And so it begins..

..the never ending, continuous outpouring of Christmas music. From my laptop. From my car. From the family's CD stereo. From my iPod. And from my daydream humming.

Without a doubt, this is my favorite time of year.

When all too quickly flipping through my agenda, I sometimes accidentally bypass December. And literally, a surge of despair rushes through my veins. I haven't missed Christmas! No! Not yet! Go back--quick! Soon follows the inaudible sigh of relief as the the eleventh month of the year flashes on the correct page. Phew! Dodged a bullet.

Josh Groban's soothing vocals, George Winston's inspirational piano, Mormon Tabernacle Choir's powerful sound, Sarah McLachlan's peaceful melodies, Mannheim Steamroller's funky new-age perspective, and James Taylor's folksy tunes...

Nothing really puts me more in the Christmas mood than music. Other than the scent of wilderness Pine right in my living room, the delightful wrapping paper colors, the hustle and bustle of holiday shoppers, pretty party dresses, and the FOOD! Oooh, the food. The delectable aroma of my mother's caramels boiling, a recipe which has been passed on from generation to generation, always signifies the time to celebrate the birth of Christ. We refuse to allow my mother to make them eleven months out of the year...

...And most of all, the true spirit of the Holidays. The Spirit of Jesus Christ, and celebrating His life, His purpose, and the happiness He inevitably brings me.

No matter what Deity you may reference for celebrating the beauty of life, as I know billions differ from mine, isn't it so great to know we each can find happiness in our own right? By our own means, and through different faiths? That, to me, is the core of the spirit of Christmas (and of life, really). A time to honor whomever or whatever we choose.

So, cheers. Cheers with your finest wine, your diet coke, your eggnog, your lemon water, or your aged cognac. Cheers to this MAGNIFICENT time of year!

Merry Christmas.

Tuesday, November 11, 2008

Lyrical Parallelism

"Pay my respects to grace and virtue. Send my condolences to good. Give my regards to soul and romance; they always did the best they could. And so long to devotion; you taught me everything I know. Wave goodbye, wish me well. You've got to let me go..."
-The Killers, "Human"
This so hits home for me. Breaking through. Reaching new boundaries, but keeping one foot fastened to the foundation. Thinking of the possibilities. But scared out of my mind.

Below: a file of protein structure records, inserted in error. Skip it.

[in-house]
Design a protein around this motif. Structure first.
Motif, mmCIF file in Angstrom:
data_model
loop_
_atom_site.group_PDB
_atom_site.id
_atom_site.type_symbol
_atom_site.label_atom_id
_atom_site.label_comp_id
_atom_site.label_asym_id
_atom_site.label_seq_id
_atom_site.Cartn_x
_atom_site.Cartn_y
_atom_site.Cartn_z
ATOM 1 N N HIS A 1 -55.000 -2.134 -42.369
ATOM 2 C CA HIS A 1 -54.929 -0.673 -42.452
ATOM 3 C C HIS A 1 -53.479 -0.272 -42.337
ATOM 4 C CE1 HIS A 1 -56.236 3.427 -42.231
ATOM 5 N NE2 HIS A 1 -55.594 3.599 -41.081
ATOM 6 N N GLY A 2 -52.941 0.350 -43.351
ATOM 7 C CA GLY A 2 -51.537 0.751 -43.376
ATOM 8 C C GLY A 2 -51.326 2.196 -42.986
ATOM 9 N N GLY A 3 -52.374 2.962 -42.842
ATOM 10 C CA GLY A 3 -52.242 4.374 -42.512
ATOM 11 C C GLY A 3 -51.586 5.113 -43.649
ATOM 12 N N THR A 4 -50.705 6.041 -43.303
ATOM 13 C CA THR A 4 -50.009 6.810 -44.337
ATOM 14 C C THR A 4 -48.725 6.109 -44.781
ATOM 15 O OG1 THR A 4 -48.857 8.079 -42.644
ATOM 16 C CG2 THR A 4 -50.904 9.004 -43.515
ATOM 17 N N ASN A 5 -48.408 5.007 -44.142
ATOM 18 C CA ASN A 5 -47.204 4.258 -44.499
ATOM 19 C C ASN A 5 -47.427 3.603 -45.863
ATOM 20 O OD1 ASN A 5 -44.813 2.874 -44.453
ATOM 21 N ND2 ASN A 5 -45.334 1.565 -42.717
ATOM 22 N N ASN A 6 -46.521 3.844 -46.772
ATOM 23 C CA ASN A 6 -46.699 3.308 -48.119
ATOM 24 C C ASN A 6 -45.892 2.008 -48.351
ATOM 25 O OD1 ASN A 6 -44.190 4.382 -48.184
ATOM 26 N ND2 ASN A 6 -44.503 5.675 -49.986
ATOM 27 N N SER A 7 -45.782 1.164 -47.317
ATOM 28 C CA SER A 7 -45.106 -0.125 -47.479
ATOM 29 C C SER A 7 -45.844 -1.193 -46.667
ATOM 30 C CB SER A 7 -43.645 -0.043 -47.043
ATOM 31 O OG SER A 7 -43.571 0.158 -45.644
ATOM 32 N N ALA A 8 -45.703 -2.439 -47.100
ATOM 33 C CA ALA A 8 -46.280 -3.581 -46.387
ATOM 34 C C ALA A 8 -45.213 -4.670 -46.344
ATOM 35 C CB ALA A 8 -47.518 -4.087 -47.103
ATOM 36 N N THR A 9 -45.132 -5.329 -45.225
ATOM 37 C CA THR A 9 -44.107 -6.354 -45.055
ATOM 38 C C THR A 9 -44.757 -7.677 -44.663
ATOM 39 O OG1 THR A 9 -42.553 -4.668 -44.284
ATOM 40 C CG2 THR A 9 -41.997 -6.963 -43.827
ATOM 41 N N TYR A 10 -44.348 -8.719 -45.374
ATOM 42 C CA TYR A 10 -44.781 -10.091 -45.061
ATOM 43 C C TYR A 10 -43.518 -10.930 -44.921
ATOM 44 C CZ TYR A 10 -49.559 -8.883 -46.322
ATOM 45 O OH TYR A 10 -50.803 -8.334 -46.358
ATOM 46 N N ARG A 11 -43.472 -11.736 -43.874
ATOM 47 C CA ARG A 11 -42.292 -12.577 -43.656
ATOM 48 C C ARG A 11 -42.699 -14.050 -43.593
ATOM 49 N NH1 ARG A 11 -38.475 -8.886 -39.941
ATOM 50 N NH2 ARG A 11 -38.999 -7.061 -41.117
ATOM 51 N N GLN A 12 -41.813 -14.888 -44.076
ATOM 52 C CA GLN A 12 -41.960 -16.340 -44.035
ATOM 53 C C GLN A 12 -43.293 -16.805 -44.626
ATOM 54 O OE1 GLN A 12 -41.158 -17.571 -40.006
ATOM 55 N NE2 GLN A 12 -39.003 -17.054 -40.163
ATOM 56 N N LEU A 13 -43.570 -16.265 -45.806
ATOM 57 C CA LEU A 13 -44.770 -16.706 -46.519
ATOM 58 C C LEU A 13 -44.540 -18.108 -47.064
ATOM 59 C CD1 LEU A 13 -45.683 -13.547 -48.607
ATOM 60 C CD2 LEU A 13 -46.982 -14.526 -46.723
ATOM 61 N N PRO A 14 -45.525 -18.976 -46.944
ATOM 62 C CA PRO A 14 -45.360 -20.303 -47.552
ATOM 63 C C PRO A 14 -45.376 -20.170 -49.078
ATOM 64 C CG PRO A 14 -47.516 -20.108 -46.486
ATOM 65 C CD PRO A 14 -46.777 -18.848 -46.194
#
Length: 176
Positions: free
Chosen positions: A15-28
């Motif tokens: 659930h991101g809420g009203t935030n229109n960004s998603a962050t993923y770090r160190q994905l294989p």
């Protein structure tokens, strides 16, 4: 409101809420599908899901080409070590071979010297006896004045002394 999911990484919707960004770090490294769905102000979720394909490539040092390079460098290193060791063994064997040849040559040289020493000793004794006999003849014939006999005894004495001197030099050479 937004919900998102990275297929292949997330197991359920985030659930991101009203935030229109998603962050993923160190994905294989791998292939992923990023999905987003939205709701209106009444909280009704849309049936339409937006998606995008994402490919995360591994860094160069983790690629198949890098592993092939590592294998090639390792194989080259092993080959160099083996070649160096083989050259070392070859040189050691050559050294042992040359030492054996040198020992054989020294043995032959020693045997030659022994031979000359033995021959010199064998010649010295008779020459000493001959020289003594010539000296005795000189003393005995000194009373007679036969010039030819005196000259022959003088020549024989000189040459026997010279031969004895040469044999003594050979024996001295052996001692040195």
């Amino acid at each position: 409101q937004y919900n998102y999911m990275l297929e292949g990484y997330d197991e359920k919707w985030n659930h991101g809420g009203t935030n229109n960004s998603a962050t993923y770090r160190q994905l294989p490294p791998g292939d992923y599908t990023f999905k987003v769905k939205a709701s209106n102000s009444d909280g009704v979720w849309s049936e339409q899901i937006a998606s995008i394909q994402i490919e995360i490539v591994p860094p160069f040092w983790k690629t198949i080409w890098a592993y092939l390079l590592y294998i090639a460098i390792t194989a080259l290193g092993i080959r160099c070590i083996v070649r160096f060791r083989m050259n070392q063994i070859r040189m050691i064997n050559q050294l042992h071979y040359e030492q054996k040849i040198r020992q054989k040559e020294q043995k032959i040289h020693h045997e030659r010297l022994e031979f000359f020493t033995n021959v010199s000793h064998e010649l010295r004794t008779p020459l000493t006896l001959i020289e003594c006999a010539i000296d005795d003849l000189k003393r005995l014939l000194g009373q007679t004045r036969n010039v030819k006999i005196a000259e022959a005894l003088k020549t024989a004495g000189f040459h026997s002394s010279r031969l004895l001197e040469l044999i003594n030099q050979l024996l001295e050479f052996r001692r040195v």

Props to my sweet cousin, Alexandra Mangum, for your infinite wisdom and friendship.

Monday, November 10, 2008

Feel the Burn

Secret of Life #1. Autumn in Boise.
With a morning to sleep in and a flexible afternoon to follow, I decided to take advantage of my youth, healthy lungs, new music on the iPod, calorie reserve from the inevitable Sunday overindulgence, and the magnificent fall colors dans Les Bois. I ran up to Table Rock (yes, for fun!) and spent too much time gazing into the valley below.

Having overheated on the battle upward, I had wrapped my black long sleeve dri-fit shirt around my waist. However, standing on the steep plateau overlooking the city below, the wind chilled the sweat against my skin, so I unwrapped the shirt from my waist and stuck my arms into the sleeves. As I stood on the graffiti-covered cement bench with my brunette ponytail whipping in the wind, I took a deep breath and looked longingly to the farthest visible point and soaked in the brilliant colors flooding the horizon.

I spotted Timberline High School, and White Pine Elementary a mere hundred yards away from it. I guessed the approximation of my home, and of my usual running route on Parkcenter boulevard. My heart surged with pride as I clearly identified St. Luke's hospital, then St. Alphonsus, and followed the freeway to St. Luke's Meridian. The posh new Boise State football field sky boxes stood out against the perfect blue sky and pointed in the direction of the BSU soccer/tennis bubbles, where I had practically taken up residence for the past 5 years of my life.

This is my home. My city; my twenty one year old life and my memories. I love Boise.

Secret of Life #2. Rocking out to "Bottoms Up," by Keke Palmer.
In my bedroom. By myself. Wearing my pajamas. In front of a mirror.

How else do you better prepare for a killer run up Table Rock?

Saturday, November 8, 2008

Baby, It's Cold Outside (II)

A weekend with the ENTIRE family usually leads to the inevitable: Christmas card photos.

PS: After working two twelve hour hospital shifts in a row, coupled with a terrible night's sleep due to stuffed nasal sinuses and too much on my mind, I allowed myself to splurge this morning. One massive cereal bowl of Fruit Loops. I need to increase my intake of vitamin C, and I thought the placebo effect would work wonderfully. We will see.

Thursday, November 6, 2008

Day One

Secret of Life #1. The miracle of life.
Even when it is in sharing with complete strangers.

I helped deliver my first baby today. And it was beautiful.


Because I connected with a wife and a husband, a mother and a father, in such a deep manner that the only way to describe it is through my reaction at the baby girl's birth. I cried. I looked up at the father, and he was crying. And we cried even more.

Okay, we ALL know, this was not the first time I have ever experienced an utter lack of tear duct blockage. However, my reaction completely startled me; totally caught me off guard. But that is truly the essence of the miracle of life; God working at His finest. Being a sweet young family giving birth to their second little girl, whom I had only known for a mere 5 hours, we were able to make such an impact on one another. One that I truly will never forget.